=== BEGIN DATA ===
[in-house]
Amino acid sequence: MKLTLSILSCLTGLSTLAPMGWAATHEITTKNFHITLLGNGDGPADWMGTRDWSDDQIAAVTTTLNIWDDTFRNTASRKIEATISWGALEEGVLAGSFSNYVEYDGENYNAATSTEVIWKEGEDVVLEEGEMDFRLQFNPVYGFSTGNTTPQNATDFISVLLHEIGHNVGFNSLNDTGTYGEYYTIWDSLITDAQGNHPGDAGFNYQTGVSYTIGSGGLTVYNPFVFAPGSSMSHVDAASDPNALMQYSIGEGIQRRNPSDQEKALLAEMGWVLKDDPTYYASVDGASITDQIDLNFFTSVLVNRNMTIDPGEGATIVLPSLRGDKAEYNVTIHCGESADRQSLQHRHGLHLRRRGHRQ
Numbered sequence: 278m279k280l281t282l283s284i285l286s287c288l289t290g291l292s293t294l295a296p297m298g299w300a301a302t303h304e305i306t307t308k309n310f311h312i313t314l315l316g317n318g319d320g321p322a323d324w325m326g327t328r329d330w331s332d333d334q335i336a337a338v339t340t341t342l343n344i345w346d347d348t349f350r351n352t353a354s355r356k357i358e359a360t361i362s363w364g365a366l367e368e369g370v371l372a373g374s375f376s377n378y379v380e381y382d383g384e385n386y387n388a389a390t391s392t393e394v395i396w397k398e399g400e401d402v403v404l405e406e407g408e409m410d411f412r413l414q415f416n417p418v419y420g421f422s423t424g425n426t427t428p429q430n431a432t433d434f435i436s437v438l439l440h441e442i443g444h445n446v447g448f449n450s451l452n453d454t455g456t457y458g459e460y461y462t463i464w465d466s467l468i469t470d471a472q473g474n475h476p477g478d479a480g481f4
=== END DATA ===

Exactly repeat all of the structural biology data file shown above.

[in-house]
Amino acid sequence: MKLTLSILSCLTGLSTLAPMGWAATHEITTKNFHITLLGNGDGPADWMGTRDWSDDQIAAVTTTLNIWDDTFRNTASRKIEATISWGALEEGVLAGSFSNYVEYDGENYNAATSTEVIWKEGEDVVLEEGEMDFRLQFNPVYGFSTGNTTPQNATDFISVLLHEIGHNVGFNSLNDTGTYGEYYTIWDSLITDAQGNHPGDAGFNYQTGVSYTIGSGGLTVYNPFVFAPGSSMSHVDAASDPNALMQYSIGEGIQRRNPSDQEKALLAEMGWVLKDDPTYYASVDGASITDQIDLNFFTSVLVNRNMTIDPGEGATIVLPSLRGDKAEYNVTIHCGESADRQSLQHRHGLHLRRRGHRQ
Numbered sequence: 278m279k280l281t282l283s284i285l286s287c288l289t290g291l292s293t294l295a296p297m298g299w300a301a302t303h304e305i306t307t308k309n310f311h312i313t314l315l316g317n318g319d320g321p322a323d324w325m326g327t328r329d330w331s332d333d334q335i336a337a338v339t340t341t342l343n344i345w346d347d348t349f350r351n352t353a354s355r356k357i358e359a360t361i362s363w364g365a366l367e368e369g370v371l372a373g374s375f376s377n378y379v380e381y382d383g384e385n386y387n388a389a390t391s392t393e394v395i396w397k398e399g400e401d402v403v404l405e406e407g408e409m410d411f412r413l414q415f416n417p418v419y420g421f422s423t424g425n426t427t428p429q430n431a432t433d434f435i436s437v438l439l440h441e442i443g444h445n446v447g448f449n450s451l452n453d454t455g456t457y458g459e460y461y462t463i464w465d466s467l468i469t470d471a472q473g474n475h476p477g478d479a480g481f4